Opioid crisis 'worse and worse' in Kensington as Gov. Wolf touts state progress

A syringe on the ground in Kensington, as residents say there is still much that must be done to combat the opioid crisis in the area.
Photo credit Andrew Kramer/KYW Newsradio
PHILADELPHIA (KYW Newsradio) — It's been almost two years since Gov. Tom Wolf signed Pennsylvania's Opioid Disaster Declaration.

He and other state officials gave a progress report Friday during the Pennsylvania Orthopedic Society's Fall Meeting and Symposium.

"We can take great pride in going from a state that was doing virtually nothing to a state that the American Medical Association says is one of the leaders in the country," Wolf said. "We've bent the curve in terms of deaths from opioid overdoses."

While deaths are down, Wolf knows there is still more work to do.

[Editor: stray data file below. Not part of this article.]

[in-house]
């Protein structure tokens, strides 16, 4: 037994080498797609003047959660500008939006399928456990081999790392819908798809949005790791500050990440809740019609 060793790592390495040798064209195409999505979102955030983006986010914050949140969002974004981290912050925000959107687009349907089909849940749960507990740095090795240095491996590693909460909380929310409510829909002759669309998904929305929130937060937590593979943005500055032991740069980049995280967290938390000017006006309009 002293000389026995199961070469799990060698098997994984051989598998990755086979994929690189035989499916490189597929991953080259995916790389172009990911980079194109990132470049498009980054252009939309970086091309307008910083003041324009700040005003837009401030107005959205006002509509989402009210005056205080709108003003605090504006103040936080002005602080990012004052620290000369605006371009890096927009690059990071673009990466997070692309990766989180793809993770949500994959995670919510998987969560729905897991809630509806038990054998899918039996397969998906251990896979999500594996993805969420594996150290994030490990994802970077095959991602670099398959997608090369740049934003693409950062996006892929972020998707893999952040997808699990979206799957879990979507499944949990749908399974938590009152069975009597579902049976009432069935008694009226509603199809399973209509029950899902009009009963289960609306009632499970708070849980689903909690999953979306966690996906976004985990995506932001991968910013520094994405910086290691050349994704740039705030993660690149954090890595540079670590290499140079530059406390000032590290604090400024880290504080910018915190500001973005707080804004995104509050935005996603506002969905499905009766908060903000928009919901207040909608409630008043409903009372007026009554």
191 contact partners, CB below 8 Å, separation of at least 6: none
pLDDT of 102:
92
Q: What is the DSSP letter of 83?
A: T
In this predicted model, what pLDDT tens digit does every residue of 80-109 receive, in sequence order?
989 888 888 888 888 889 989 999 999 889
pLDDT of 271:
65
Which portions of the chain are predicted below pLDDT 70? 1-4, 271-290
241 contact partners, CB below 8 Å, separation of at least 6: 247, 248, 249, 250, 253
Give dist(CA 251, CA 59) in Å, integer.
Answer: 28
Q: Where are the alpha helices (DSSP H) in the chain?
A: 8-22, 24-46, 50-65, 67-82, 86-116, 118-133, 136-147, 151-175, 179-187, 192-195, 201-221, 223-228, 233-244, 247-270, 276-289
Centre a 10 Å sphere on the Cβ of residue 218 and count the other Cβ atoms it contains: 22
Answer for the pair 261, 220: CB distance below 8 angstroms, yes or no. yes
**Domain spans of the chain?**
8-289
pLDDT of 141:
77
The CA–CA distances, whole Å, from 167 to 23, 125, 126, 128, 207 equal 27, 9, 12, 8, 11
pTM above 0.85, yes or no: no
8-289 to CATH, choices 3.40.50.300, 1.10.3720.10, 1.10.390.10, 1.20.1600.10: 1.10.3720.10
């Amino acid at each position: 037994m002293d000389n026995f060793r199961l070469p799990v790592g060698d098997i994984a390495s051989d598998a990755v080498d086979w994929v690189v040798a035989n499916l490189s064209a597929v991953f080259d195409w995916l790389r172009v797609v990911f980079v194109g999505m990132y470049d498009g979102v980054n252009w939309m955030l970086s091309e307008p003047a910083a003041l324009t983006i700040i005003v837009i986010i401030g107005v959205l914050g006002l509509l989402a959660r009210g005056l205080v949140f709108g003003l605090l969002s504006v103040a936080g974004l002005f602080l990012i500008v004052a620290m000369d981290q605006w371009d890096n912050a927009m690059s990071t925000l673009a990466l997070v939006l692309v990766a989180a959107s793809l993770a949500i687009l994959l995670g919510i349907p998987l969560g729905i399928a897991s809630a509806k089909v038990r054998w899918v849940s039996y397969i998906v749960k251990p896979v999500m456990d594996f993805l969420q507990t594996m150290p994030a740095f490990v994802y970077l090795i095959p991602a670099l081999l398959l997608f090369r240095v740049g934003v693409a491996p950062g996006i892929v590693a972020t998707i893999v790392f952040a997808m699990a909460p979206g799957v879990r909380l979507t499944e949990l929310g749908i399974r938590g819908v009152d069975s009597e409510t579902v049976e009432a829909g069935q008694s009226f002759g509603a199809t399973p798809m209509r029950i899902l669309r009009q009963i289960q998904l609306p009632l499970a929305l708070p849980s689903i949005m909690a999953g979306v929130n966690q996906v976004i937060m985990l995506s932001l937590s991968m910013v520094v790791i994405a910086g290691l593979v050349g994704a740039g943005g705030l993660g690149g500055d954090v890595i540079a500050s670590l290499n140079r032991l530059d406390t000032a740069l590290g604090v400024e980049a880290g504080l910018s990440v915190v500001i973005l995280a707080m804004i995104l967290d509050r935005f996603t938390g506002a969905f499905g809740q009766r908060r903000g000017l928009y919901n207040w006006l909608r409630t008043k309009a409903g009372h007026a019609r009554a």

"People are still dying in the thousands in Pennsylvania," he added. "People are dying from overdoses of other drugs, so we just need to keep working on this."

Wolf's comments apply to Pennsylvania as a whole, but in Philadelphia opioids are still a major concern, especially in the Kensington neighborhood.

KYW Newsradio went to Kensington to see how people there feel about the Governor's comments. While there, people were shooting up in the streets with syringes all over the ground.

"No way, no shape, no form," said resident Charles Wainwright when asked if the opioid problem is improving in Kensington. "(It's gotten) worse and worse and worse."

Wainwright has lived in Kensington for 17 years and said he's seen it all.

"I see a lot of stuff that's going on, the 'zombies' is calling, they picking up needles," said Wainwright. "They have needle disposals that look like a post office box. They take the needles out of there and re-sell them."

He defined a "zombie" as a person who uses drugs who "can't get up but won't fall down."

Wainwright said if Wolf would "stay down here for about four hours" he'd see just how bad the crisis still is in Kensington.

A bartender in Kensington said she recently moved to the neighborhood so couldn't compare then to now but admitted it's clear there's a major drug problem in the neighborhood.